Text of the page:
With as many titles that I add to my library each and every year, if I don’t force myself some rules, I’ll never get through some of these. Back in 2015, I’ve set myself a goal to get through at least one book per month. That year I almost made it, getting through eleven. Then last year, I devoured fourteen titles! Then this year I did even one better and made it to fifteen titles. Trust me, I wish I had the time to double that number since when you have over a thousand titles in your library, and are constantly adding new ones, it is a never ending quest. But one I that I just love. Just like my Best Of movie lists, these are not titles that came out this last year, but ones that I finally got around to. Out of those fifteen, here are the top five that I would recommend the most:
Universal Terrors, 1951-1955: Eight Classic Horror and Sci-Fi Films
Published by McFarland, 2017. 440 pages.
By Tom Weaver, with David Schecter, Robert J. Kiss, and Steve Kronenberg
Anytime I do research on an older classic, if I’m looking for quotes, interviews, or anything type of information, going through the many volumes of books I have from Tom Weaver is one place that I always start. The reason for that is that his books are always so informative, giving a ton of details about the movies and their production, as well as the people that worked on it, from the directors and writers to the actors. Since he’s interviewed so many of these people over the years, the details he’s getting comes first hand. When news of a new book Weaver was working on that covered some of Universal’s films of the ’50s, since I’m a huge fan of that era, I couldn’t wait for it to come out so I could dig into it.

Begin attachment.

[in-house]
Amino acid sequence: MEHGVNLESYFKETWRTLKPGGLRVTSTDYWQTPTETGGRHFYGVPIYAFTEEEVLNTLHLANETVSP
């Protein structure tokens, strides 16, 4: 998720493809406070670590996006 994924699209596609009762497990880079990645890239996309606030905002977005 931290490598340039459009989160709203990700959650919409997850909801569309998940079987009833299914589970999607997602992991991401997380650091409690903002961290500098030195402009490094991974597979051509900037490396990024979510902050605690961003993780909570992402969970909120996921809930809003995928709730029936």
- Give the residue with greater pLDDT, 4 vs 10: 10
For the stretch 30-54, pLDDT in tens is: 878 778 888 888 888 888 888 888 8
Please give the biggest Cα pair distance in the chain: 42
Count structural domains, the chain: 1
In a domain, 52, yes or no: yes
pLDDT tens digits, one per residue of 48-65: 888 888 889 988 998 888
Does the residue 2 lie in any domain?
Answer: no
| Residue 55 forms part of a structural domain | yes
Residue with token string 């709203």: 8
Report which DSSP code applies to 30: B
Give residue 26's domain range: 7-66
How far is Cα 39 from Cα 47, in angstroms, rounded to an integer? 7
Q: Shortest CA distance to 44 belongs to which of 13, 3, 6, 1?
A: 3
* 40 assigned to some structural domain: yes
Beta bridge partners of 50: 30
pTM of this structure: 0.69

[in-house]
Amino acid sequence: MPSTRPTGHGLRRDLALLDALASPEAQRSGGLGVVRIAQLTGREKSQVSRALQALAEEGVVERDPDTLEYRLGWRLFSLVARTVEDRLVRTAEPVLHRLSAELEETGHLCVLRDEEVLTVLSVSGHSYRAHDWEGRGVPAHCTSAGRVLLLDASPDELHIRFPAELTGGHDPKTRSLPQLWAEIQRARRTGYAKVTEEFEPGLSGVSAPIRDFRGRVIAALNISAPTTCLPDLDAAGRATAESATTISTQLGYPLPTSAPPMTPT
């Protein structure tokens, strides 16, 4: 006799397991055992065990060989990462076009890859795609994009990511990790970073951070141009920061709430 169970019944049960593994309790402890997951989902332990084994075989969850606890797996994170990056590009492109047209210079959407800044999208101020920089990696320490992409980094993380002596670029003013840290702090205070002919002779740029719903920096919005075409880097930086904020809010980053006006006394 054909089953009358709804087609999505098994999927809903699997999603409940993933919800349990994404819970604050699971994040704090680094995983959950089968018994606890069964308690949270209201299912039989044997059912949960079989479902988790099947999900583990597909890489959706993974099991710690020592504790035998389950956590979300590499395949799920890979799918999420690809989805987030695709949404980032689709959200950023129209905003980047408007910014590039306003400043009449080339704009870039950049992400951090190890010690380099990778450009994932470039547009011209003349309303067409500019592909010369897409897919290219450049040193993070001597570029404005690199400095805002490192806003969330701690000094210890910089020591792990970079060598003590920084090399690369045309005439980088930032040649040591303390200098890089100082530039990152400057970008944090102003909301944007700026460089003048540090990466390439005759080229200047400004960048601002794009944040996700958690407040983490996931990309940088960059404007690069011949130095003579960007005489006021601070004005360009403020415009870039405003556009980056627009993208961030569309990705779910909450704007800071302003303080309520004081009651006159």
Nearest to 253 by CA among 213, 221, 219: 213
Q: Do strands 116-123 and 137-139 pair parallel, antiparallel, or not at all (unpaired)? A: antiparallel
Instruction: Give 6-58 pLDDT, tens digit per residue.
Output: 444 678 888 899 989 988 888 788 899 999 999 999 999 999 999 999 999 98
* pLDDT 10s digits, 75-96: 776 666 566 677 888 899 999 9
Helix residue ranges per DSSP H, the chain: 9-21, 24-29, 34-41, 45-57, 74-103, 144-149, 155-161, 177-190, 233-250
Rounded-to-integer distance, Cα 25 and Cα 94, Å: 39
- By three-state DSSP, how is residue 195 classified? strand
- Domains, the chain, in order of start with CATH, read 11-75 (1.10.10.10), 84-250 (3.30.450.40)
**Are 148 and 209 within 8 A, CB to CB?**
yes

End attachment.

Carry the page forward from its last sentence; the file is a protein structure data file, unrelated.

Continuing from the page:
Italian Gothic Horror Films, 1970-1979
Published by McFarland, 2017. 256 pages
By Roberto Curti
Here is yet another prime example of why I love horror reference books. I’d say that I’ve seen my share of Italian horror films in the last 30 years and could pretty much hold my own in a conversation about said topic. But reading through Curti’s book, it showed me a couple of things. First, I don’t know as much as I thought I did! Not even close. Just a few pages in and I was reading about films that I had either never heard, had forgotten about, and never seen. Probably the first. But it also showed me just how great the genre is because even after all these years, there are still plenty of more titles out there just waiting for me to explore.
Curti definitely knows his stuff. With each entry, he gives us not only the usual items, like cast, crew, and synopsis, but also a plethora of information about the film and the people involved with it. While only covering a decade of cinema, it was a great time frame for Italian horror. Listed within these pages are more than a few of some of my favorites, like The Devil’s Wedding Night (1973), Night of the Devil (1972), or even entertaining trash like Werewolf Woman (1976) or Lady Frankenstein (1971), and many others. It will give you plenty of titles that you’re going to want to seek out for the first time, and many that you’ve seen before but now want to revisit once again.
By Matthew Edwards
Published by McFarland, 2017. 280 pages
There are more than a few of these types of “interview” books, where the author has sat down with a variety of people involved in movies, getting their opinions, thoughts, and feelings towards their craft and the movies they’ve worked on. So what makes Twisted Visions different from all of those? A couple of different reasons, really. Edwards not only knows the history of the subjects being interviewed, but also really knows the films being discussed. And the group of underrated filmmakers chosen for this book are probably unknown to most of the mainstream genre fans, but are more than worthy of having their chance to talk about their career. But most importantly, the great thing about this book is that you are going to learn. That’s right…didn’t think you’d find that while reading an interview with the guy that made Nightmares in a Damaged Brain or Combat Shock, did you? But you will.